Clip-clop, clip-clop, rattle was the sounds that came through Running Stitch’s, my Amish quilt shop’s, open front door. I recognized it immediately. An Amish buggy. Without looking up from the cutting table where I was cutting surplus fabric in fat quarters, I knew it was a market buggy drawn by two horses with a heavy load in the back. Perhaps the buggy was making its way to the Amish auction that would be later in the day.
Oliver, my French bulldog, watched the buggy roll by at the front door but didn’t venture out. There were birds out they, and Oliver feared birds.
I chuckled to myself that I knew the type of buggy so quickly. I had only been in Amish country permanently for a few weeks, but it already felt like home, much more than my high rise, elegant, city life in Dallas ever had. Maybe I was a country girl at heart. That only made me laugh harder.
“Hmm,” a voice said. “You best not be laughing to yourself while you’re alone in the shop. You don’t know who might happen by and hear you. Folks are already suspicion of your fancy boots.” Anna Graber, an Amish woman who had been my Amish Aunt Eleanor’s best friend, eyed my prized cowboy boots, the one thing from my old life in Dallas that I held onto with a tight grip.
I grinned. “I like to give folks something to talk about.”
Anna snorted as she settled into the rocking chair by the front window. “You are good at too. Did you hear the latest that is making both Amish and Englischers tongues wag?”
“No. And I’m afraid to ask.”
She removed the bar quilt she was piecing from her quilting basket and said nothing more.
“Well! What is it?” I wanted to know.
She threaded her needle. “You said that you were afraid to ask.”
“That’s just an expression. It doesn’t mean that I didn’t want to know.”
Anna pulled a stitch through the fabric. “You Englischers and your expressions. Why don’t you mean what you say? You’d have a much easier time.”
I sighed. “Anna, what’s the rumor? I would like to know, please.”
She smiled. “That the sheriff is sweet on you.”
I put my scissors down, feeling a knot in my stomach take shape. “I take it back. I don’t want to know.”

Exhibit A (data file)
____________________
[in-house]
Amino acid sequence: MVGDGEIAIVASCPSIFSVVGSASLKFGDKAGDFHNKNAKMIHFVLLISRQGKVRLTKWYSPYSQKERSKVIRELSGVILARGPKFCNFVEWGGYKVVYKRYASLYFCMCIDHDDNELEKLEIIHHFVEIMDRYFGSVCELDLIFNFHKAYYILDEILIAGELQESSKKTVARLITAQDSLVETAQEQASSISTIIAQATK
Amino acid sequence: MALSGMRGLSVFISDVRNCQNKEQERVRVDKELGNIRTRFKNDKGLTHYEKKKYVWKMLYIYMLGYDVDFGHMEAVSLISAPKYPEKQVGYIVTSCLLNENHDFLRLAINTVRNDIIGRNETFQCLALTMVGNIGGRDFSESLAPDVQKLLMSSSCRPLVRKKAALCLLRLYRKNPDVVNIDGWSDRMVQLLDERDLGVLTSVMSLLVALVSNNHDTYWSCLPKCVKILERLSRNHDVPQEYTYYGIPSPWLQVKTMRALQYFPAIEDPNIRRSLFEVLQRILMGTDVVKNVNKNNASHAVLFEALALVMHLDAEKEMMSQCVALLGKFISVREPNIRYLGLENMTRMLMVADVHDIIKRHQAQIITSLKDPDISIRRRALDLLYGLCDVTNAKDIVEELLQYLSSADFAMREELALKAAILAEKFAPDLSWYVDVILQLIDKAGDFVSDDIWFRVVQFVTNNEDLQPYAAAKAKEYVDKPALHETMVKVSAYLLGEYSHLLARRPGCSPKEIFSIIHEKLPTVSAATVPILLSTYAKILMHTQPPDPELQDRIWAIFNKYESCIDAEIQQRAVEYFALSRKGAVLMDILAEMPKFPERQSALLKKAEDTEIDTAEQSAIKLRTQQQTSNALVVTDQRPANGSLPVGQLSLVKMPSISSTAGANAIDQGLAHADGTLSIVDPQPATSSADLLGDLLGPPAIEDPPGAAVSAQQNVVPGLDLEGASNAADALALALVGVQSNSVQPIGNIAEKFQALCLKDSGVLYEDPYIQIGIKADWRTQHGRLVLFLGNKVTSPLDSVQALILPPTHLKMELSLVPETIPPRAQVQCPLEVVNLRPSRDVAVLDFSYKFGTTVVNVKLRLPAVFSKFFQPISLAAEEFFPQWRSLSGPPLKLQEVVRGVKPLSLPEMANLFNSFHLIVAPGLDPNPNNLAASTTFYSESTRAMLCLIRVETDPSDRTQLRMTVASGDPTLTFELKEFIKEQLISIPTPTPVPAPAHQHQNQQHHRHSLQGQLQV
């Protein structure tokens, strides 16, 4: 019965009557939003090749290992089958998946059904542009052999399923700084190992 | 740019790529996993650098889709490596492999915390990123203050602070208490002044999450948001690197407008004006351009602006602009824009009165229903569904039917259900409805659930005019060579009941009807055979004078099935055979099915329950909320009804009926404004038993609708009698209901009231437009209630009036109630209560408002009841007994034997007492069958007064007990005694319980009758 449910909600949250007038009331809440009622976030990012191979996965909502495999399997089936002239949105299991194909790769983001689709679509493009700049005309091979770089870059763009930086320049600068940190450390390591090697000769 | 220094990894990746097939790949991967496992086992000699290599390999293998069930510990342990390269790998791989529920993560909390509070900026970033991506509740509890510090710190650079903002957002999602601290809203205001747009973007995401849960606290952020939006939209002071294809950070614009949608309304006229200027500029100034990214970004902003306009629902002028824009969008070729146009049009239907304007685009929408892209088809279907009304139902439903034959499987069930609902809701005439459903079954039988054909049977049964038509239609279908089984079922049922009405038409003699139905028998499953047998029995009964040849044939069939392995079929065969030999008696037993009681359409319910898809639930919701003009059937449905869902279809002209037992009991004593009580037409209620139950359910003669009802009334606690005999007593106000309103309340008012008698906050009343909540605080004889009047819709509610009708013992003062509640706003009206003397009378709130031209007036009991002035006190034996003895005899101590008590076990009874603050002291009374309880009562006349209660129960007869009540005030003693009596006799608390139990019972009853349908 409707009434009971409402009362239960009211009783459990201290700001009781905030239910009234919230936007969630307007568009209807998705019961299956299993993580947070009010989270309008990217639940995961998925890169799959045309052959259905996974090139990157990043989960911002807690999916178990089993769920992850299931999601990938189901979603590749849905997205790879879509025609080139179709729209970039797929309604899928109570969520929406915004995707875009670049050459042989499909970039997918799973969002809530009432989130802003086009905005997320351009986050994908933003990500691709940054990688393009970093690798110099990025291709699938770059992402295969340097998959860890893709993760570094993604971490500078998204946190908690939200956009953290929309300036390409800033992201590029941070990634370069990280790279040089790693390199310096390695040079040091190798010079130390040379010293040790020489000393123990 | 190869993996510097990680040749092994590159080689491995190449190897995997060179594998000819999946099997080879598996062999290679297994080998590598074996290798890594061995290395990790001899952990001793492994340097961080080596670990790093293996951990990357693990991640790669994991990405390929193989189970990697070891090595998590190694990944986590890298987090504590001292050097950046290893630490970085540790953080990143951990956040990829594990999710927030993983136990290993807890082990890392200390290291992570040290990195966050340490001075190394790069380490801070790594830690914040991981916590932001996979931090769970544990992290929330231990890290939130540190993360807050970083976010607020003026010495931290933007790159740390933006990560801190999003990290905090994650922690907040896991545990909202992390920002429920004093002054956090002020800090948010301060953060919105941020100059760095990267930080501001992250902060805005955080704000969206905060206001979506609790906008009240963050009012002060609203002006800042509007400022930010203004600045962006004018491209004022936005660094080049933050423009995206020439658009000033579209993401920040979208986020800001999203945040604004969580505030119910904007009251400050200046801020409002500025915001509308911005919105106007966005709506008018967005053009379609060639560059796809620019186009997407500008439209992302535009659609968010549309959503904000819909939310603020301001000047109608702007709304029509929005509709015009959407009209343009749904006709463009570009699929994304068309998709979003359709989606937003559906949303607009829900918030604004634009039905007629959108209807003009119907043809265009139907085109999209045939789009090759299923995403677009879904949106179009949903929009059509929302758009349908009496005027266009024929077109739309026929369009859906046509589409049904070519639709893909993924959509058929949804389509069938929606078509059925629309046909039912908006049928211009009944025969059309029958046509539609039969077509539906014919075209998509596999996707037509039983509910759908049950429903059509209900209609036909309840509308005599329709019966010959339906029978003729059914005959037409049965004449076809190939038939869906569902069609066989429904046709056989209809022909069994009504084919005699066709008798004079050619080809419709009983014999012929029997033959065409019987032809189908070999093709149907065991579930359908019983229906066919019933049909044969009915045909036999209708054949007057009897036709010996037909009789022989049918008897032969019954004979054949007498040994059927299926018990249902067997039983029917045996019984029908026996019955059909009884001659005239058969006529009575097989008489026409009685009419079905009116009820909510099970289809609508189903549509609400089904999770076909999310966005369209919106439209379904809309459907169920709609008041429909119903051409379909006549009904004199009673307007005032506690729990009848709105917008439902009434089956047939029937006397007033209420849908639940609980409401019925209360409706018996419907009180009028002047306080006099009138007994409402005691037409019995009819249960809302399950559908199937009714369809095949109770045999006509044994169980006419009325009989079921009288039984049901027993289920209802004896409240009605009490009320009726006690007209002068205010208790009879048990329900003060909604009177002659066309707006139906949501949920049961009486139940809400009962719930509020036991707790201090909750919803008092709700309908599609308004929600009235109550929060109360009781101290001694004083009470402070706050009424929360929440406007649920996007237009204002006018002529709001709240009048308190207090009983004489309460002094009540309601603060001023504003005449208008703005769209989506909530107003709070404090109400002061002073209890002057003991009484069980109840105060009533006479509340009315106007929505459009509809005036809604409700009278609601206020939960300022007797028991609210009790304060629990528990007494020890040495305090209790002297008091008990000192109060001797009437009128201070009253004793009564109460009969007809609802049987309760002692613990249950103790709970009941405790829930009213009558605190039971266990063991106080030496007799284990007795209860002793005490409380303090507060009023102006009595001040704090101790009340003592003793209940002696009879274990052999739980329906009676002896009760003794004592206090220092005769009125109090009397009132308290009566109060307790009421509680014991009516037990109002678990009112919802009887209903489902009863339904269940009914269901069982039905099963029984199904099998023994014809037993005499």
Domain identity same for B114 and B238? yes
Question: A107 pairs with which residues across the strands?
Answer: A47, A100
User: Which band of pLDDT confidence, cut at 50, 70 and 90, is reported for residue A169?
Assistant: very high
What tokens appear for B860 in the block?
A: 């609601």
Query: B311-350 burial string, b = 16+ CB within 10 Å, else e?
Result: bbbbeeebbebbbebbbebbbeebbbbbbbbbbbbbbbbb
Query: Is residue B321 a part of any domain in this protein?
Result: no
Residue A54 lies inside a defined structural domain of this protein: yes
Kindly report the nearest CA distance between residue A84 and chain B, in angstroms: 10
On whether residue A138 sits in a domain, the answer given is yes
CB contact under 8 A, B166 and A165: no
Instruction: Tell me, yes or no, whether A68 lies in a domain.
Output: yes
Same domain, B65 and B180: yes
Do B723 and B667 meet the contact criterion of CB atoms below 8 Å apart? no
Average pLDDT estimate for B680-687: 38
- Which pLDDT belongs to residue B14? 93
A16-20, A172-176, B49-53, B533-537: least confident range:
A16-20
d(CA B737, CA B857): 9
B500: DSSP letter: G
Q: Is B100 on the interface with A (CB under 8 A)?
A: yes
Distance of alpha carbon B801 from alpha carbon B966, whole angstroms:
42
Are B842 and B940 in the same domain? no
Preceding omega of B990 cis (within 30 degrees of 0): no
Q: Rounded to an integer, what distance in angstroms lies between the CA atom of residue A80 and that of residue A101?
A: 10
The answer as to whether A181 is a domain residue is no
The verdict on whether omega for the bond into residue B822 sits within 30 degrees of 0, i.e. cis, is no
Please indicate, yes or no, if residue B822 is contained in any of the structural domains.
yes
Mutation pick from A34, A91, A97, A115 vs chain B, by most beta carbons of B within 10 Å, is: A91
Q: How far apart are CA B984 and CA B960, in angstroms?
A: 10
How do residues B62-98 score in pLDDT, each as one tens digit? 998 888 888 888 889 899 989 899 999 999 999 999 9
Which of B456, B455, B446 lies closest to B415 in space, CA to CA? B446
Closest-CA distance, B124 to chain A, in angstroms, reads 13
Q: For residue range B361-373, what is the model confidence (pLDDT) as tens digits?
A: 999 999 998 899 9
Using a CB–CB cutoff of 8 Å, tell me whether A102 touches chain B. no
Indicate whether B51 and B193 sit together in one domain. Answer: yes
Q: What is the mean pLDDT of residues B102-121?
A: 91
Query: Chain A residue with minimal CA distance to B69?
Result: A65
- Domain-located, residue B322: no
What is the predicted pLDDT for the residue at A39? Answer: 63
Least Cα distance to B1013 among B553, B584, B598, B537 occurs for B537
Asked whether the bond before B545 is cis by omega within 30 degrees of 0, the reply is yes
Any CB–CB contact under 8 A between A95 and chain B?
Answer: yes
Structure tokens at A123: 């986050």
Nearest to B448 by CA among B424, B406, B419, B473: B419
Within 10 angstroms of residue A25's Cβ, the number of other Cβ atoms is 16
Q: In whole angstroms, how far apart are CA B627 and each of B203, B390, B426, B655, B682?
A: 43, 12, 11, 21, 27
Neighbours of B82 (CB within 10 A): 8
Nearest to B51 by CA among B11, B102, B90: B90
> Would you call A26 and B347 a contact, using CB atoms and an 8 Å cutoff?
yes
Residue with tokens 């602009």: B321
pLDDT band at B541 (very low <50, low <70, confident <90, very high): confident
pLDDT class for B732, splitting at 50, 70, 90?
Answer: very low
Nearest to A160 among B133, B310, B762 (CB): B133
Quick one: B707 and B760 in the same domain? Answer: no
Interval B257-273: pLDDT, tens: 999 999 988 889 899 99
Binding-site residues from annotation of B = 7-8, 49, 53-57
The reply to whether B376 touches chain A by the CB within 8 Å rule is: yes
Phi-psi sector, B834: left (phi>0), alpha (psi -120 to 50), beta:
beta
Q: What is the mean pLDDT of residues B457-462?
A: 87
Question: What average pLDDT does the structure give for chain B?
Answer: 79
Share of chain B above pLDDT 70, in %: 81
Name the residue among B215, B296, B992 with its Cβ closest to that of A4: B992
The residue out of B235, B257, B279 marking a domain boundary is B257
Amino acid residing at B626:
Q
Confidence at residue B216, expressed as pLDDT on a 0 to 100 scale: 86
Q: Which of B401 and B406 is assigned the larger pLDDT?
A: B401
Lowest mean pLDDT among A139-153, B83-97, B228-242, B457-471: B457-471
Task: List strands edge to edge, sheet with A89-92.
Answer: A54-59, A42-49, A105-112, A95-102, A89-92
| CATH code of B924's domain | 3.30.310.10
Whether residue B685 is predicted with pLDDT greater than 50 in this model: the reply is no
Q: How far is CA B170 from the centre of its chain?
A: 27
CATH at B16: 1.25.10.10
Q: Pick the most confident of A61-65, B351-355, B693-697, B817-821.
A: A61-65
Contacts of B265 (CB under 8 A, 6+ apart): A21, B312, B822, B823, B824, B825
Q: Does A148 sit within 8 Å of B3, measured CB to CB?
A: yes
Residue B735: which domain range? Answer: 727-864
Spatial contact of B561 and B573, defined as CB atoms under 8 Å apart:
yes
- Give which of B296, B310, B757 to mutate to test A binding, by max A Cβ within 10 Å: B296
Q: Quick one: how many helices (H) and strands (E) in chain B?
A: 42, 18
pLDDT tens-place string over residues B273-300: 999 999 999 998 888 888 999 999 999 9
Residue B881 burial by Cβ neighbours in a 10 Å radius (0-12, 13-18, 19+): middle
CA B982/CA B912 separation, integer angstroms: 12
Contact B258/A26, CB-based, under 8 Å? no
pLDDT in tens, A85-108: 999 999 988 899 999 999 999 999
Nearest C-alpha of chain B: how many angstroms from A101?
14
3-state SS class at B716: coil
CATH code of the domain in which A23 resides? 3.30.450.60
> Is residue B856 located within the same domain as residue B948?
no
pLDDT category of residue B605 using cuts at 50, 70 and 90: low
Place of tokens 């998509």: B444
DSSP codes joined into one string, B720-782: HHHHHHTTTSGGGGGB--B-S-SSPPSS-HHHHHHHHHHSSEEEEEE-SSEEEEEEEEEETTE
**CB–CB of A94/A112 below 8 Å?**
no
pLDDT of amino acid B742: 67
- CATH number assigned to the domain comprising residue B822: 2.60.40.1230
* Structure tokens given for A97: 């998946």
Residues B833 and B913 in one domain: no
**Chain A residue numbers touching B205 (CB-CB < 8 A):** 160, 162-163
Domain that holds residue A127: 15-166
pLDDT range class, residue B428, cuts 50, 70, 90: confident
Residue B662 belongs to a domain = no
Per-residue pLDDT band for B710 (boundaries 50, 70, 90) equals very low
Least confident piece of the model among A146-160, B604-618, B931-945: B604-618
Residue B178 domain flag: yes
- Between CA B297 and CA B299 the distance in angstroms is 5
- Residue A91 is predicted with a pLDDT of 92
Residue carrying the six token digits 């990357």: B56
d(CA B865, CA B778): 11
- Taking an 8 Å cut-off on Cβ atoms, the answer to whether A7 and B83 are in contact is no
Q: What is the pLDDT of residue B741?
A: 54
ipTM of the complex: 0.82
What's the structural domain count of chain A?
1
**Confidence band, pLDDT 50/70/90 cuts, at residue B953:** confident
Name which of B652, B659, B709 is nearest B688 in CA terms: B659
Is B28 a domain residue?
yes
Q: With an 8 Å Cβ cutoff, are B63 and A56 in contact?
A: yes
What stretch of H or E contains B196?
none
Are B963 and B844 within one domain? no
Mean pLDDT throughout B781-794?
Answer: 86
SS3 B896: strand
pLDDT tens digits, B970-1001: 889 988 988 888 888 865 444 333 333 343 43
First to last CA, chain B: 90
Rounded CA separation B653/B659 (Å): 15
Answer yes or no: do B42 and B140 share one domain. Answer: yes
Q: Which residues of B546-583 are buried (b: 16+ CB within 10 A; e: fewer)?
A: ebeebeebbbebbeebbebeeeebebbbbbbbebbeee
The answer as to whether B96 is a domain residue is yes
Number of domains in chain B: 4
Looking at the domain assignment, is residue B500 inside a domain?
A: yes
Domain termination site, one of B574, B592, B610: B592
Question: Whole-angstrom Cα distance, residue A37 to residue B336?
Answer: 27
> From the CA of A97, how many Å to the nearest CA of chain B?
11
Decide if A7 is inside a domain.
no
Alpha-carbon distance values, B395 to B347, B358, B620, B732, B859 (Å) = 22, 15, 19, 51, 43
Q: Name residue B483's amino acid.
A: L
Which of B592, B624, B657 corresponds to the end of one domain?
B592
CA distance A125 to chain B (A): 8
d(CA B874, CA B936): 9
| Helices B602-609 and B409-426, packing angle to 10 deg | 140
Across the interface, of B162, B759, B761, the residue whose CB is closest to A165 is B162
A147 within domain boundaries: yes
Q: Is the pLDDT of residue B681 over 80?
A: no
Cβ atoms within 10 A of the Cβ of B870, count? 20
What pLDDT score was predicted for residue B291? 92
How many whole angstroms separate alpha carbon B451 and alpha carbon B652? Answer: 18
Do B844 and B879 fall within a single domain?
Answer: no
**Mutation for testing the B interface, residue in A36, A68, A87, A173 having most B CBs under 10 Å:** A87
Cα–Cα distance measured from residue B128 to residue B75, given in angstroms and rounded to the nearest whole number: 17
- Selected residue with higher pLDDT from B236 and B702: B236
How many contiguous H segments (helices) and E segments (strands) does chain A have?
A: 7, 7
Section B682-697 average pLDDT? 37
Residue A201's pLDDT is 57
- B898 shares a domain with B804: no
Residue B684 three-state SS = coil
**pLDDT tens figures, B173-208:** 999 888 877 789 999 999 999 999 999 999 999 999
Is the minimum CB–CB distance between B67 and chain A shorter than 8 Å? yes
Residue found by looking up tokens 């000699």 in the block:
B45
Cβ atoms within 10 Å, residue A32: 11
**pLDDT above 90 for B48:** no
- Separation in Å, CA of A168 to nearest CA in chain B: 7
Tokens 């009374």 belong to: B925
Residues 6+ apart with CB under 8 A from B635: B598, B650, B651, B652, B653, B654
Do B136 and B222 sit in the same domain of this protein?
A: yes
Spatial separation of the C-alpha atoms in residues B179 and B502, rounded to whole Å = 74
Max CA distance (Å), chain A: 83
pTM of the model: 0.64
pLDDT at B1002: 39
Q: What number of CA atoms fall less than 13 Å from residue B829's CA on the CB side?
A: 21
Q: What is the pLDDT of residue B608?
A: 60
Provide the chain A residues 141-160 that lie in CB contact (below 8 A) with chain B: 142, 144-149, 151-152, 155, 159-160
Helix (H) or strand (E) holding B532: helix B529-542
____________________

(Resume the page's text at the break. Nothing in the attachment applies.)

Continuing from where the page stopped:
“Too late,” she said with a little too much pleasure if you asked me. “You will have to deal with it now.”
“Not if I can help it,” I muttered. I clicked my tongue at Oliver. The little black and white Frenchie waddled over to me. “This is the only guy I need in my life.”
Anna made a disbelieving sound but thankfully dropped it… at least for the moment. I knew the rest of the Amish quilting circle would take my singleness up as their next project. I was doomed.
You can read more about Angie in MURDER, PLAIN and SIMPLE, the first book in the new “Amish Quilt” mystery series, published by Obsidian.
Thanks to Penguin, I have one (1) copy of “Murder, Plain and Simple” to give away. Leave a comment to be included in the giveaway. Contest ends September 4; US entries only per publisher’s request.
It’s SUPER SEPTEMBER! Amanda Flower (also writing as Isabella Alan) has three novels releasing in September 2013. To celebrate, she is giving away an authentic Amish Quilt hand-stitched by Amish in Holmes County, Ohio.
Enter to Win an Authentic Amish Quilt from author Amanda Flower! Click HERE to Enter!
Meet the author
Amanda Flower is the author of mysteries for children and adults. She has three novels releasing in September 2013: A Plain Disappearance and Murder, Plain and Simple (Amish cozy mysteries), and Andi Unexpected, a mystery for children ages 8-12. Murder, Plain and Simple she wrote under the pen name Isabella Alan. Amanda is an academic librarian for a small college near Cleveland.
Books are available at retail and online booksellers.